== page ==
The Suur-Savo Museum

Mikkeli, Finland

The Suur-Savo Museum is located to a stone granary that was built in 1848 to serve as the parish of Mikkeli’s municipal granary. The building has been used as a museum since 1960. The permanent exhibition of the Suur-Savo Museum contains items from the peasant culture in Southern Savo and artefacts that depict the history of the city of Mikkeli. In addition, temporary exhibitions are held, usually in their own facilities, although sometimes they are arranged elsewhere.

Reference: The Museums of Southern Savo

Comments

Your name

Website (optional)



Details

Founded: 1960
Category: Museums in Finland
Historical period: Independency (Finland)

Rating

3.7/5 (based on Google user reviews)

User Reviews

Oskari Juurikkala (2 years ago)
Tavallaan kiinnostava mutta kovin pieni.
Osmo Anttalainen (2 years ago)
Mielenkiintoisa näyttely vuoden oli siellä nyt
Deleted User (2 years ago)
hieno rakennus!
Pirjo Soininen (2 years ago)
Siistit tilat, hyvä palvelu ja mielenkiintoinen näyttely!
Julia Enlund (2 years ago)
Ihana pieni ja idyllinen museo!
Powered by Google

Featured Historic Landmarks, Sites & Buildings

Historic Site of the week

Hluboká Castle

Hluboká Castle (Schloss Frauenberg) is considered one of the most beautiful castles in the Czech Republic. In the second half of the 13th century, a Gothic castle was built at the site. During its history, the castle was rebuilt several times. It was first expanded during the Renaissance period, then rebuilt into a Baroque castle at the order of Adam Franz von Schwarzenberg in the beginning of the 18th century. It reached its current appearance during the 19th century, when Johann Adolf II von Schwarzenberg ordered the reconstruction of the castle in the romantic style of England's Windsor Castle.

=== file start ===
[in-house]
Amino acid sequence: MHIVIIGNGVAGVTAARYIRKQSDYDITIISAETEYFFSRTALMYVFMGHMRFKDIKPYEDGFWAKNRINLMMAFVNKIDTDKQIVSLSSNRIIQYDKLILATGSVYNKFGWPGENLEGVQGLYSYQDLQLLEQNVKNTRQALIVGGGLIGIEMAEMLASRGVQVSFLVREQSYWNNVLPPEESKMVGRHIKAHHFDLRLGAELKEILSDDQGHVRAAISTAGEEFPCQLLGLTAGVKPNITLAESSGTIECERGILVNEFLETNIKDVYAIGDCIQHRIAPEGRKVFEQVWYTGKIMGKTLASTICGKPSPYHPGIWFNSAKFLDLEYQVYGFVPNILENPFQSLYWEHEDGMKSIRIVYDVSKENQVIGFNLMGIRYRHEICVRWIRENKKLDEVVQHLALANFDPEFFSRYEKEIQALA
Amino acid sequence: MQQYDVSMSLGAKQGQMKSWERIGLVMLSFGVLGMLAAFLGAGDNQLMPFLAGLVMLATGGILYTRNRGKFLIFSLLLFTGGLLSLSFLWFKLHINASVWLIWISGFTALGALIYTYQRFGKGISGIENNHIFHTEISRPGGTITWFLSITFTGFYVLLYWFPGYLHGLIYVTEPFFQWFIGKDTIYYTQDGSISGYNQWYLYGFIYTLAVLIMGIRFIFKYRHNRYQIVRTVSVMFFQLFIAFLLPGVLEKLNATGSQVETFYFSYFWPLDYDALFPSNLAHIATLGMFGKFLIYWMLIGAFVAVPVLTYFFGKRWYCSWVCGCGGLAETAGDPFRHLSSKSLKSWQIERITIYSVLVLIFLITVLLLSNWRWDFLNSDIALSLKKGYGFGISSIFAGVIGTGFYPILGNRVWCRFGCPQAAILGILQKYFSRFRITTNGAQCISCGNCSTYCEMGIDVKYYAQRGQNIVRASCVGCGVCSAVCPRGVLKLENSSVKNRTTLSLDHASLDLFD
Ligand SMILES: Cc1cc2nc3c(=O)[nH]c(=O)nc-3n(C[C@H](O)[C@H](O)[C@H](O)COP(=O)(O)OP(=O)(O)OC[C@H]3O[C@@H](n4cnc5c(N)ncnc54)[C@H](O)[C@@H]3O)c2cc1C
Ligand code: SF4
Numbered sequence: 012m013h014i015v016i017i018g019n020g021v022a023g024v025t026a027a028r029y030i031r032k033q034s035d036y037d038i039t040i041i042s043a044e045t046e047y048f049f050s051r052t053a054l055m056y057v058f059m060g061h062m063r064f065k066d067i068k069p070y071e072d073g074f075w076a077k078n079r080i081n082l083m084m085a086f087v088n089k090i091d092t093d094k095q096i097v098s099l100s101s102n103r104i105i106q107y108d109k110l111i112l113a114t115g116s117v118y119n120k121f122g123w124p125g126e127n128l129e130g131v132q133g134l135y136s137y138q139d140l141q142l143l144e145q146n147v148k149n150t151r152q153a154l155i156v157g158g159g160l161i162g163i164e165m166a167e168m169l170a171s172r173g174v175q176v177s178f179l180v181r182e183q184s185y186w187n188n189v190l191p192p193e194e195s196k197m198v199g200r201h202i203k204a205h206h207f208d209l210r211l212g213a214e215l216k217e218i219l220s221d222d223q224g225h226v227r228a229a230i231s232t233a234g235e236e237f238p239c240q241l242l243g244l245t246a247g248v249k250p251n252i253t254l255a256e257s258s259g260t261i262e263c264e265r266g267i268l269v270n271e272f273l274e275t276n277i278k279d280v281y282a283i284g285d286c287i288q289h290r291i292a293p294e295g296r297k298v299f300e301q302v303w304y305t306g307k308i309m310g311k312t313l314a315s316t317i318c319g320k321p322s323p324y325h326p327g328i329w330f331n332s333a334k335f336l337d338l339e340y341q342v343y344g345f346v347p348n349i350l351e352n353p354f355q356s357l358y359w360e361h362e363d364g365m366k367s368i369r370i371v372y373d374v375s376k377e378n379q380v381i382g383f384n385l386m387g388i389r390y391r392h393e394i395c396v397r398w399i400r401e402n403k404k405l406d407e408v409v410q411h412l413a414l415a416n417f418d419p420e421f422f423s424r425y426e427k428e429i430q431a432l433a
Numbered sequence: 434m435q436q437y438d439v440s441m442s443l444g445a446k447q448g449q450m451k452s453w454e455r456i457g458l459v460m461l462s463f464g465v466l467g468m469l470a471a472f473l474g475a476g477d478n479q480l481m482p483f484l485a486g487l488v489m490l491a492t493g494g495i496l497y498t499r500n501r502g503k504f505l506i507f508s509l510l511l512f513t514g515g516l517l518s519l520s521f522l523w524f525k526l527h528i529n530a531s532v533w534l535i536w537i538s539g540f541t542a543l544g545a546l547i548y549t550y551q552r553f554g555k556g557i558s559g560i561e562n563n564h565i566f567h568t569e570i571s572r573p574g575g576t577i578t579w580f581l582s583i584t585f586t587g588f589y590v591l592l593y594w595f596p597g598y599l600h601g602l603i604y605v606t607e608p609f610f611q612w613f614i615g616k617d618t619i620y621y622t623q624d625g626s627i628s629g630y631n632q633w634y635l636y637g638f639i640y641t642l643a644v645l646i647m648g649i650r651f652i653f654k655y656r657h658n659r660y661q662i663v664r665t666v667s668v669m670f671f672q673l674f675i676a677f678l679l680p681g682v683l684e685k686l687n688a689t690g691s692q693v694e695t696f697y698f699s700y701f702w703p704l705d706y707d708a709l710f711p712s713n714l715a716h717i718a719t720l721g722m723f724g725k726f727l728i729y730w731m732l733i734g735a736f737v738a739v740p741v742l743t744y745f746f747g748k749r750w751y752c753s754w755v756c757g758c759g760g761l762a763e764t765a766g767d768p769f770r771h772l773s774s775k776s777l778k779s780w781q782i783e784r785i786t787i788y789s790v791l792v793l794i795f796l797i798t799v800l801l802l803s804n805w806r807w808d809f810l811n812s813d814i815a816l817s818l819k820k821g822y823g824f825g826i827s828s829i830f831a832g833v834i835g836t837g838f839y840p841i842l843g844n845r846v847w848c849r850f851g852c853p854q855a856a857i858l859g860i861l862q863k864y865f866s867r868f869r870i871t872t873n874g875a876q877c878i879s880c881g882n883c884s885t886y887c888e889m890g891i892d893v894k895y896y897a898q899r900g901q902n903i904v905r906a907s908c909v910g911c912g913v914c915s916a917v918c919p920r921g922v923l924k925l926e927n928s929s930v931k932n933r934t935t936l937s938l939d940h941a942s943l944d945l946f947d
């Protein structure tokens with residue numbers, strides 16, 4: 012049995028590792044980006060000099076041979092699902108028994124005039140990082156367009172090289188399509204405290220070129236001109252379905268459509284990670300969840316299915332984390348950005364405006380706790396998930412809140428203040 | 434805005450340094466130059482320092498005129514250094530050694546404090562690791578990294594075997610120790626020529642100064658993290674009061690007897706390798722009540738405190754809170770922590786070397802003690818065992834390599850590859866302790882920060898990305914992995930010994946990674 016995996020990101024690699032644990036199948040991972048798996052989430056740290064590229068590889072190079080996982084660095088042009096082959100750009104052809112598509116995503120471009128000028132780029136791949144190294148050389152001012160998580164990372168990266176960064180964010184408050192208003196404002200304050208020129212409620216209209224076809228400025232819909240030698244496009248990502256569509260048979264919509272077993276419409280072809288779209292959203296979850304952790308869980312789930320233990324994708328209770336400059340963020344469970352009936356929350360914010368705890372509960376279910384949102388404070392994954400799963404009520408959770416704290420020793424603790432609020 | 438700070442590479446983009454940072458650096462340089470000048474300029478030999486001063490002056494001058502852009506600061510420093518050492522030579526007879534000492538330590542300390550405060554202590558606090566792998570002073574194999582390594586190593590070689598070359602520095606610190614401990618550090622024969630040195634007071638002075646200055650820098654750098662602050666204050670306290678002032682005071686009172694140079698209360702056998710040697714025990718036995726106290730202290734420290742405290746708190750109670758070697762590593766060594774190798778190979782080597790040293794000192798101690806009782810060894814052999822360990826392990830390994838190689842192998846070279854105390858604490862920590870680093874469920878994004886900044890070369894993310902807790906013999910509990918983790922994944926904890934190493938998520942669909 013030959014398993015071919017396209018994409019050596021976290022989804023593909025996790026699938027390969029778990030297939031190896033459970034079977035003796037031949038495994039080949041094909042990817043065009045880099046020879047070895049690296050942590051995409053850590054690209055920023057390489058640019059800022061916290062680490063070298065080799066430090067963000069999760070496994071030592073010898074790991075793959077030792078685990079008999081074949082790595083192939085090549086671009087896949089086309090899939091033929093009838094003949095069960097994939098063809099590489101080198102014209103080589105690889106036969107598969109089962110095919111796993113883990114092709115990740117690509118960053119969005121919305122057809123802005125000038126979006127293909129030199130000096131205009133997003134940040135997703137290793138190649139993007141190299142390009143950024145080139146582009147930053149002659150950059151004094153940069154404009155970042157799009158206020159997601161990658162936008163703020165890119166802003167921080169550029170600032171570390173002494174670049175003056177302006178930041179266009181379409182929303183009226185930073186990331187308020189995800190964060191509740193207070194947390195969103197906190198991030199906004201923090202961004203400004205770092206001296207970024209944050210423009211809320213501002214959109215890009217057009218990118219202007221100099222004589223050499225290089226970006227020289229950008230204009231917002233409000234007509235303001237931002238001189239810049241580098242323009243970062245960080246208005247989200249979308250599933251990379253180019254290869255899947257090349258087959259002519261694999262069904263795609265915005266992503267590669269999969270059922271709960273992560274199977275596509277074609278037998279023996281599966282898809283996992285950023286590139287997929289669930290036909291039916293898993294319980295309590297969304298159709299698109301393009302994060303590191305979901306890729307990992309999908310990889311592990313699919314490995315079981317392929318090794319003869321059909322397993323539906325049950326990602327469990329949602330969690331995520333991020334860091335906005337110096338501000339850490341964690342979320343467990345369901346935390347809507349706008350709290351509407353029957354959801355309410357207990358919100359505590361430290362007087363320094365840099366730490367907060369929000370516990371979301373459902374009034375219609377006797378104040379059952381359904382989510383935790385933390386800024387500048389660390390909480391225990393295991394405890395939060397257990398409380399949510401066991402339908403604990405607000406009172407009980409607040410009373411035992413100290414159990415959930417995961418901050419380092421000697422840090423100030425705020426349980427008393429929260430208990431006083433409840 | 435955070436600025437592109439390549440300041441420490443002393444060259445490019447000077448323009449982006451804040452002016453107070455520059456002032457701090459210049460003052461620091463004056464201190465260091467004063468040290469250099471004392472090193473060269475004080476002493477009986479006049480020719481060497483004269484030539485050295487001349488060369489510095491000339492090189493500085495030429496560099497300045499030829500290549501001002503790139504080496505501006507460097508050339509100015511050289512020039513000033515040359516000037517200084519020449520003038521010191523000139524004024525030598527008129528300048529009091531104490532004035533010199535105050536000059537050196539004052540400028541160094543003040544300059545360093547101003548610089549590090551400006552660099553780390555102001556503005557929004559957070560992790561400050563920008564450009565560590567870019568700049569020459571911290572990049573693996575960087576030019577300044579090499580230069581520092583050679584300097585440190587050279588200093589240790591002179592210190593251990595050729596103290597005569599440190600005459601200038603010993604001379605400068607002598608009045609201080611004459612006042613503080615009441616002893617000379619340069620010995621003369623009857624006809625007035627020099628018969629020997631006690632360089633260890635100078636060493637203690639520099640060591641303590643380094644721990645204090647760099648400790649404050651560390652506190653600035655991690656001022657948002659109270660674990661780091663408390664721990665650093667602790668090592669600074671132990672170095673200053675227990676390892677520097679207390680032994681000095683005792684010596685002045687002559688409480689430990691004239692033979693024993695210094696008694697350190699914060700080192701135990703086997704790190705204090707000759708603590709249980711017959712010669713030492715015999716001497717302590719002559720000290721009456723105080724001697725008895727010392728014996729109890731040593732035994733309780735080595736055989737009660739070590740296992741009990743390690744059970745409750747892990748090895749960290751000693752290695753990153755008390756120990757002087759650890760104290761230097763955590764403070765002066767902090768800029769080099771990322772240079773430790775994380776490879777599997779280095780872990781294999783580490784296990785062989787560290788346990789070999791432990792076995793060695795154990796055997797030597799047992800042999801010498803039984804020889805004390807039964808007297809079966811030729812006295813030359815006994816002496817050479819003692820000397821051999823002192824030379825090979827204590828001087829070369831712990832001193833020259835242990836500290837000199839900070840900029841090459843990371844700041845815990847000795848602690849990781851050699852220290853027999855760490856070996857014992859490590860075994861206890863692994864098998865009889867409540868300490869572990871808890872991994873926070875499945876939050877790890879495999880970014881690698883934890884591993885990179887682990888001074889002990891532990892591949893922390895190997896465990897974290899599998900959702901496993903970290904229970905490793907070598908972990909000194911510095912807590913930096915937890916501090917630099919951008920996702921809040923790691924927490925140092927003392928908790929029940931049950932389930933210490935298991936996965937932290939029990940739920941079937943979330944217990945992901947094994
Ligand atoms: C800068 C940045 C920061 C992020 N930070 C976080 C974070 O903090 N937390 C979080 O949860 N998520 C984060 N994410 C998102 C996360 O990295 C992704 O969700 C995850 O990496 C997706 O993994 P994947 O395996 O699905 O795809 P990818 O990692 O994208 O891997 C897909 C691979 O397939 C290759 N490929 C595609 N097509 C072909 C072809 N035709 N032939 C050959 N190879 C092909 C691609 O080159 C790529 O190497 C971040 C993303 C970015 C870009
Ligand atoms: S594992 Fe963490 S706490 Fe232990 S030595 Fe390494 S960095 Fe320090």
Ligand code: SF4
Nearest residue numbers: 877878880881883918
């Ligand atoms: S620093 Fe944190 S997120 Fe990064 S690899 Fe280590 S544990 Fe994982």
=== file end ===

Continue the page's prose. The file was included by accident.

The Schwarzenbergs lived in Hluboká until the end of 1939, when the last owner (Adolph Schwarzenberg) emigrated overseas to escape from the Nazis. The Schwarzenbergs lost all of their Czech property through a special legislative Act, the Lex Schwarzenberg, in 1947.

The original royal castle of Přemysl Otakar II from the second half of the 13th century was rebuilt at the end of the 16th century by the Lords of Hradec. It received its present appearance under Count Jan Adam of Schwarzenberg. According to the English Windsor example, architects Franz Beer and F. Deworetzky built a Romantic Neo-Gothic chateau, surrounded by a 1.9 square kilometres English park here in the years 1841 to 1871. In 1940, the castle was seized from the last owner, Adolph Schwarzenberg by the Gestapo and confiscated by the government of Czechoslovakia after the end of World War II. The castle is open to public. There is a winter garden and riding-hall where the Southern Bohemian gallery exhibitions have been housed since 1956.